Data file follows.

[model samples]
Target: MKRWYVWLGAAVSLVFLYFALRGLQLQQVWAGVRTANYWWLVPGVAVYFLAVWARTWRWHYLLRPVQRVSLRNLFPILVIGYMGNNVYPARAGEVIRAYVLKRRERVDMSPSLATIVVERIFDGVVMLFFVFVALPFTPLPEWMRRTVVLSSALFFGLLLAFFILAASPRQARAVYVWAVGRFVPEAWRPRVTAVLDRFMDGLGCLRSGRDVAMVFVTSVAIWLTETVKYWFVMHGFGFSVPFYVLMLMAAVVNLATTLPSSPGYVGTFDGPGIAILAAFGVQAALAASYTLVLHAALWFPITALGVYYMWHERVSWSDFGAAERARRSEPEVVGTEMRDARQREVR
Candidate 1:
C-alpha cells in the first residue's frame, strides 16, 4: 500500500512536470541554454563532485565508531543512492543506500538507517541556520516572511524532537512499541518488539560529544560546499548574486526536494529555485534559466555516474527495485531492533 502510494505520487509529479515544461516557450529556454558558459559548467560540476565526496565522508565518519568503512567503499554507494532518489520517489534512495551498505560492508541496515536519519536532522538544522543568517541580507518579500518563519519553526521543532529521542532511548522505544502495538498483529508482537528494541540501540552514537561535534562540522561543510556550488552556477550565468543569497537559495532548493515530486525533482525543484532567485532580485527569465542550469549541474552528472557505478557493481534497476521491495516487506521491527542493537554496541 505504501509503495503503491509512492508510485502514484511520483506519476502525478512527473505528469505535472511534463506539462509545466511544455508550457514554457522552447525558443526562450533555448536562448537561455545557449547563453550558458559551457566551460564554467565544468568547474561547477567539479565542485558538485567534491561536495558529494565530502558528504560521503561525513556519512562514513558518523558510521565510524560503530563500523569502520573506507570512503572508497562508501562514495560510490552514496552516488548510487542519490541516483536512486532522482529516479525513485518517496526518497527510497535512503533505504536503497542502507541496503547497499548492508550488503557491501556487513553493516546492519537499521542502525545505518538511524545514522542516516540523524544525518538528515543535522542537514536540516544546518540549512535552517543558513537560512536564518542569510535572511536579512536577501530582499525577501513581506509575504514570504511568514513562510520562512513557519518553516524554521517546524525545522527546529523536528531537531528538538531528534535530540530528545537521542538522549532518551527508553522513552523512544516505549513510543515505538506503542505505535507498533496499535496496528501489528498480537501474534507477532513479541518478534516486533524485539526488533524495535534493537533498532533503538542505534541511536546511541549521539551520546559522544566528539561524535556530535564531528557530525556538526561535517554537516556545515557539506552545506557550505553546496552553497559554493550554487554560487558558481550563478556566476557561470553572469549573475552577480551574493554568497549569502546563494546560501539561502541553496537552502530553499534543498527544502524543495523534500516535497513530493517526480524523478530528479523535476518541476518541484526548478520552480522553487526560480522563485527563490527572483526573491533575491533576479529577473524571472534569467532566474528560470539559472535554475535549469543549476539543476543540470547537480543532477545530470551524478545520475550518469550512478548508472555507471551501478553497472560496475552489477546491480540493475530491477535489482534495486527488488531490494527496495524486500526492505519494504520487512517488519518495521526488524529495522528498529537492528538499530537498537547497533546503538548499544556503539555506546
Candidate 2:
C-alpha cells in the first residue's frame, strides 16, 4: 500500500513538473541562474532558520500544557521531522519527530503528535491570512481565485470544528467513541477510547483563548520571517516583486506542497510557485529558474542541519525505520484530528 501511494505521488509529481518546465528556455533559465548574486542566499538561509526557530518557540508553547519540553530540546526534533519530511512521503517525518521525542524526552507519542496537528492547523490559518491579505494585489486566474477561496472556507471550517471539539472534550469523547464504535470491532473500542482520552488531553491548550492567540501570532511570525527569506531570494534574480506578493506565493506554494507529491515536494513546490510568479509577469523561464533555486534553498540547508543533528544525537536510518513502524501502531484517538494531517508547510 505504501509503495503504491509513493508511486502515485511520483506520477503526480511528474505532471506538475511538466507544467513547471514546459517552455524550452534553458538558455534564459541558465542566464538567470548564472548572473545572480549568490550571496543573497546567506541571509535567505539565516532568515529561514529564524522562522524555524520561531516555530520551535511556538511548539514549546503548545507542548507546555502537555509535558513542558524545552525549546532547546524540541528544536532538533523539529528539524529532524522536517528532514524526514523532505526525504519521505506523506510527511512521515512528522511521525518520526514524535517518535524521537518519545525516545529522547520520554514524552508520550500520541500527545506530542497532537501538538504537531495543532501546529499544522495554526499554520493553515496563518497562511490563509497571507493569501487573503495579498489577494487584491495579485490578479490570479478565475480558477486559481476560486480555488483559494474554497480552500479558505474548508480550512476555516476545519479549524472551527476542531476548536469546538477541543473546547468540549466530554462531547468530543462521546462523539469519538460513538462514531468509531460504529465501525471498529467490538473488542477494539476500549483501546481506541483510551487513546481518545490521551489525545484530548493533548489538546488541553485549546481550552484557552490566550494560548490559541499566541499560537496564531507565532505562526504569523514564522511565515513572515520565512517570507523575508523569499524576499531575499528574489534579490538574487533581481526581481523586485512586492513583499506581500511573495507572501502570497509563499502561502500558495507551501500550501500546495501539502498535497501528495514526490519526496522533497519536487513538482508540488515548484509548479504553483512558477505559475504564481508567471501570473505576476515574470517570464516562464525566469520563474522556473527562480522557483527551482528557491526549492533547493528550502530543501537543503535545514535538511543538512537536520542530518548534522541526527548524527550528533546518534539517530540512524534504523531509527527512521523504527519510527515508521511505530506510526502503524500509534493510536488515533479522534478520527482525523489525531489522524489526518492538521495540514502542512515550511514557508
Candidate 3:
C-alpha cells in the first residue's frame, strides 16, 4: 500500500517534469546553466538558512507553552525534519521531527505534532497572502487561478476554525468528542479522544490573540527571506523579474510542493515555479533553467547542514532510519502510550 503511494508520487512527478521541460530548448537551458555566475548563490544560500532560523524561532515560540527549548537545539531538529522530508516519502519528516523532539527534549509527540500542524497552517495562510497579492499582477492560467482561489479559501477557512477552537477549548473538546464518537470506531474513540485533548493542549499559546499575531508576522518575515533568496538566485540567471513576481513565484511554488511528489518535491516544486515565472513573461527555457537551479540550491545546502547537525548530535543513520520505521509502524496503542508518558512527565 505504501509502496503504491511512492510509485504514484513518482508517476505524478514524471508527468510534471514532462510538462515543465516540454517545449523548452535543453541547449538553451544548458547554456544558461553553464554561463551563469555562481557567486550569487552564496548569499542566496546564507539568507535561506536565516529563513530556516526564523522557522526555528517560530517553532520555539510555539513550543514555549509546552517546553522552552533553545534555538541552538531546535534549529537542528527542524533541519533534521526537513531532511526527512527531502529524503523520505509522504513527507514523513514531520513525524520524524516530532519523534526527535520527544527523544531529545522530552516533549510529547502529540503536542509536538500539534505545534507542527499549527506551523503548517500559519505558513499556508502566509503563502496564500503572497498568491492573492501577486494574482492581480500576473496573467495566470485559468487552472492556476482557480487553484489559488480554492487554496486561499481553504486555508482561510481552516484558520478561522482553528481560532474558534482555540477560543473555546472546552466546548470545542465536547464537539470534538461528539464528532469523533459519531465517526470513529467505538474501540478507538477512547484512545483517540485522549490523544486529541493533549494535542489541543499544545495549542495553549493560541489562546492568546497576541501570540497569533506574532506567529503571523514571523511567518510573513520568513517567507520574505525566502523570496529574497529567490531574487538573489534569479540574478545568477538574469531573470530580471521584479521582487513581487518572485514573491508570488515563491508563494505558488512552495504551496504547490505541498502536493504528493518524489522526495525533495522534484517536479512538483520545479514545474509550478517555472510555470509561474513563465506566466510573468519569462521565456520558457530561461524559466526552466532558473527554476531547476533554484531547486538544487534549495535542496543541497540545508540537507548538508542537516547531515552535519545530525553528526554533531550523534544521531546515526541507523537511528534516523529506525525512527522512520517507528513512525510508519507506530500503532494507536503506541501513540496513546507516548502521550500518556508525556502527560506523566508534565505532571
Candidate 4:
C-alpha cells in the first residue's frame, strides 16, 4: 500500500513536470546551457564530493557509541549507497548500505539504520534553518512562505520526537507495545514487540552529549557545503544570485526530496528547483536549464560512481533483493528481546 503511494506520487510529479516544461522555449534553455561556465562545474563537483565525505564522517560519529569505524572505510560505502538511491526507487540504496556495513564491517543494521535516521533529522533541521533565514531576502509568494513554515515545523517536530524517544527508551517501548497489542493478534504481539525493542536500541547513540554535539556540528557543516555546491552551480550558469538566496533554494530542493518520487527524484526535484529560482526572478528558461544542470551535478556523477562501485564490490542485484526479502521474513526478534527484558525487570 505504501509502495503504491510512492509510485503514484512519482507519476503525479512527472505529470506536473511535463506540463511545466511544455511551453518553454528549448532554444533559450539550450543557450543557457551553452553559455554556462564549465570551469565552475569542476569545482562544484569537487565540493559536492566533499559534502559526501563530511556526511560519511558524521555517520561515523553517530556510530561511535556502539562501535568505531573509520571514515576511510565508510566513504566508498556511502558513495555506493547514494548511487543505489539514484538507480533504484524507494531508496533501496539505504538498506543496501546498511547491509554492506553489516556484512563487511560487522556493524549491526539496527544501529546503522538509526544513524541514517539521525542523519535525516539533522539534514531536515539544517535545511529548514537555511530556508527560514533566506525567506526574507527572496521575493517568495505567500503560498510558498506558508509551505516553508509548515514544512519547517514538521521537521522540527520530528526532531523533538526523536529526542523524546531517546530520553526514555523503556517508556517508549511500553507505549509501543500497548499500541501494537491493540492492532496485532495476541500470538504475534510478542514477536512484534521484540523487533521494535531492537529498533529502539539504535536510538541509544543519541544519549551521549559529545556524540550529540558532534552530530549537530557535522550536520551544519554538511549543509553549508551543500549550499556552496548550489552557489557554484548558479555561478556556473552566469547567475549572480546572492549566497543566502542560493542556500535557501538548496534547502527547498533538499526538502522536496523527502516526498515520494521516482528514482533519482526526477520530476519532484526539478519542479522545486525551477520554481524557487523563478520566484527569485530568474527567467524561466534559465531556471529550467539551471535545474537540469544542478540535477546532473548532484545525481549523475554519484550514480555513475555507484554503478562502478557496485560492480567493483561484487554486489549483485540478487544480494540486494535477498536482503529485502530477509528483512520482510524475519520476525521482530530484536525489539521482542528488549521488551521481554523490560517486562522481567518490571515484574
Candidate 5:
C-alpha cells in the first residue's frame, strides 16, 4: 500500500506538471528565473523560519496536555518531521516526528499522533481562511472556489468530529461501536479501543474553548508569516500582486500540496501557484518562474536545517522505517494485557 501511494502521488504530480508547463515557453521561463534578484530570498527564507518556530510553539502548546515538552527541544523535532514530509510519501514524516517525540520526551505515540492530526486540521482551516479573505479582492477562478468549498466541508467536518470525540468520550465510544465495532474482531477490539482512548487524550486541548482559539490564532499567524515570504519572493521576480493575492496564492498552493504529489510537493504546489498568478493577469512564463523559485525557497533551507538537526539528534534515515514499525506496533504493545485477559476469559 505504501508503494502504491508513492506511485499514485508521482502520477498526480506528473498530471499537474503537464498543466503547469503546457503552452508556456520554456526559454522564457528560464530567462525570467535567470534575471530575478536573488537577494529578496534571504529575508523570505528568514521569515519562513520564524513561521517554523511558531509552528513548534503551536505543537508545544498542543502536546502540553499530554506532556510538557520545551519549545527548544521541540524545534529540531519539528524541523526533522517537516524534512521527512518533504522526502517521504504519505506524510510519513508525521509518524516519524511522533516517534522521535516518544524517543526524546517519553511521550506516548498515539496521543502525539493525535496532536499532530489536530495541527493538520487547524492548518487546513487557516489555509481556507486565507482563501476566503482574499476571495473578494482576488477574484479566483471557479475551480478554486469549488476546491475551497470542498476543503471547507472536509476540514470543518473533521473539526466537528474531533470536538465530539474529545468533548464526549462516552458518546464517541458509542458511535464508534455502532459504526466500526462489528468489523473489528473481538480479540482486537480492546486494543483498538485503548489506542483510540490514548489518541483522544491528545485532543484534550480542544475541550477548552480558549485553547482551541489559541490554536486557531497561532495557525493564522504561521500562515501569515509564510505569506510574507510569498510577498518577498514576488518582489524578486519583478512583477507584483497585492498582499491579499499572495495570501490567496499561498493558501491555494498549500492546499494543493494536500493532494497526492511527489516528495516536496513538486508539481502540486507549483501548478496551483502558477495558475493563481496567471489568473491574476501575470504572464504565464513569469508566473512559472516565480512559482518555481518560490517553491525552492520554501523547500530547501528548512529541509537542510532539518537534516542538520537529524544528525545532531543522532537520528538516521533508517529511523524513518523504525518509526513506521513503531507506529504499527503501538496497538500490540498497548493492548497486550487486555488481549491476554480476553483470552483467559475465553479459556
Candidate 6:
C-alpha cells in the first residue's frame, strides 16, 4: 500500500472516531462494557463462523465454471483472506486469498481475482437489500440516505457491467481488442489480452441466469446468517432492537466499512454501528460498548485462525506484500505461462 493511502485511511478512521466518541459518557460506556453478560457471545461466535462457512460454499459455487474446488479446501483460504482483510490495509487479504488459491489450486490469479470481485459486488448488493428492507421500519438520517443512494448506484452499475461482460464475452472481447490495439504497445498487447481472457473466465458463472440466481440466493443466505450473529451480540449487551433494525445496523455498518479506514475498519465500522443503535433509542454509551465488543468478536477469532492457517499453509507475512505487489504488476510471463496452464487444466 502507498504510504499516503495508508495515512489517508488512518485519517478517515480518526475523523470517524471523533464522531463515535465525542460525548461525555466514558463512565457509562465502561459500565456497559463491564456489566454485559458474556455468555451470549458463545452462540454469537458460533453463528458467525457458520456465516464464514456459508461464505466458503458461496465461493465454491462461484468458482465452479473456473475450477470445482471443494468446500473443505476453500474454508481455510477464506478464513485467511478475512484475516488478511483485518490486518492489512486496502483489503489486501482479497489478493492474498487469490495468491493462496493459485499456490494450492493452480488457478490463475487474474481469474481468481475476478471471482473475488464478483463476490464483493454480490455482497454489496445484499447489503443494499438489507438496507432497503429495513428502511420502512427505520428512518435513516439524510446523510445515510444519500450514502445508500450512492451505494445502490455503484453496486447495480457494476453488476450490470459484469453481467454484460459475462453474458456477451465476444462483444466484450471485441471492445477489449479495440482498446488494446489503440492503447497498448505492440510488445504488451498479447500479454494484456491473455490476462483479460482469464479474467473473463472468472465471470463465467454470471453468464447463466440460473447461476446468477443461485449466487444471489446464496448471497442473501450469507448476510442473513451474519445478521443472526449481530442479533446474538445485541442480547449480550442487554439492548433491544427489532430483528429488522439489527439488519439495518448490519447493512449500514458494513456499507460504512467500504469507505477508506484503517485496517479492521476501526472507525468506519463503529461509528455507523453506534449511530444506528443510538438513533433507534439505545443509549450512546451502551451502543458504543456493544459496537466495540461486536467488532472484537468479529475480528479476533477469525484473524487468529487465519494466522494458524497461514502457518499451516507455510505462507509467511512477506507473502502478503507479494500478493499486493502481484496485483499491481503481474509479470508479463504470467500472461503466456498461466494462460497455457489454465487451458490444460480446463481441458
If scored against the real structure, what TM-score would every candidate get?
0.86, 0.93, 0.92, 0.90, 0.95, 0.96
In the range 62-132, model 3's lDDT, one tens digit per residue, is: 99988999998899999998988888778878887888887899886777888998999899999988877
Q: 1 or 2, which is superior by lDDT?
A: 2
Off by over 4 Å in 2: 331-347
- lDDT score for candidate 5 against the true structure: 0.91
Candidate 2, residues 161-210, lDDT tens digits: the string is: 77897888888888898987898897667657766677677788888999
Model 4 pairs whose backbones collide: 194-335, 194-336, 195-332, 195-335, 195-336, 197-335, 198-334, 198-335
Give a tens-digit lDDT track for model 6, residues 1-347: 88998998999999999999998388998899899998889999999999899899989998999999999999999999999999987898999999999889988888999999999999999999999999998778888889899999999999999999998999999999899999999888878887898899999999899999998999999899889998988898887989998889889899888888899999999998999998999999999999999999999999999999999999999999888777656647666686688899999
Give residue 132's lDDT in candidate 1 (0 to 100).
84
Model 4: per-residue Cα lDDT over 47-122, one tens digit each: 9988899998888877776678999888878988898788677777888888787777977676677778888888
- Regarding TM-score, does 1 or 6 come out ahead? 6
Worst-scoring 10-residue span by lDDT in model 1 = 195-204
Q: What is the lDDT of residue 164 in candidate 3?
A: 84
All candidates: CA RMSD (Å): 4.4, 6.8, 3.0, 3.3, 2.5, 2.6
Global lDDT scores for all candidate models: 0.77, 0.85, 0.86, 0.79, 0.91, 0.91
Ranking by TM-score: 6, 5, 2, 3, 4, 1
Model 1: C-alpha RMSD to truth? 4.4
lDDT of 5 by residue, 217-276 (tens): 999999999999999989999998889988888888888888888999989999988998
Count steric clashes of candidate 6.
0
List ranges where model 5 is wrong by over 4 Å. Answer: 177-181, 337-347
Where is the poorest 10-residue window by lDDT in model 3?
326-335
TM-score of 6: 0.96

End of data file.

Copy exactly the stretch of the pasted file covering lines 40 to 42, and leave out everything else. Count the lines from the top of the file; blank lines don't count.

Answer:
Where is the poorest 10-residue window by lDDT in model 3?
326-335
TM-score of 6: 0.96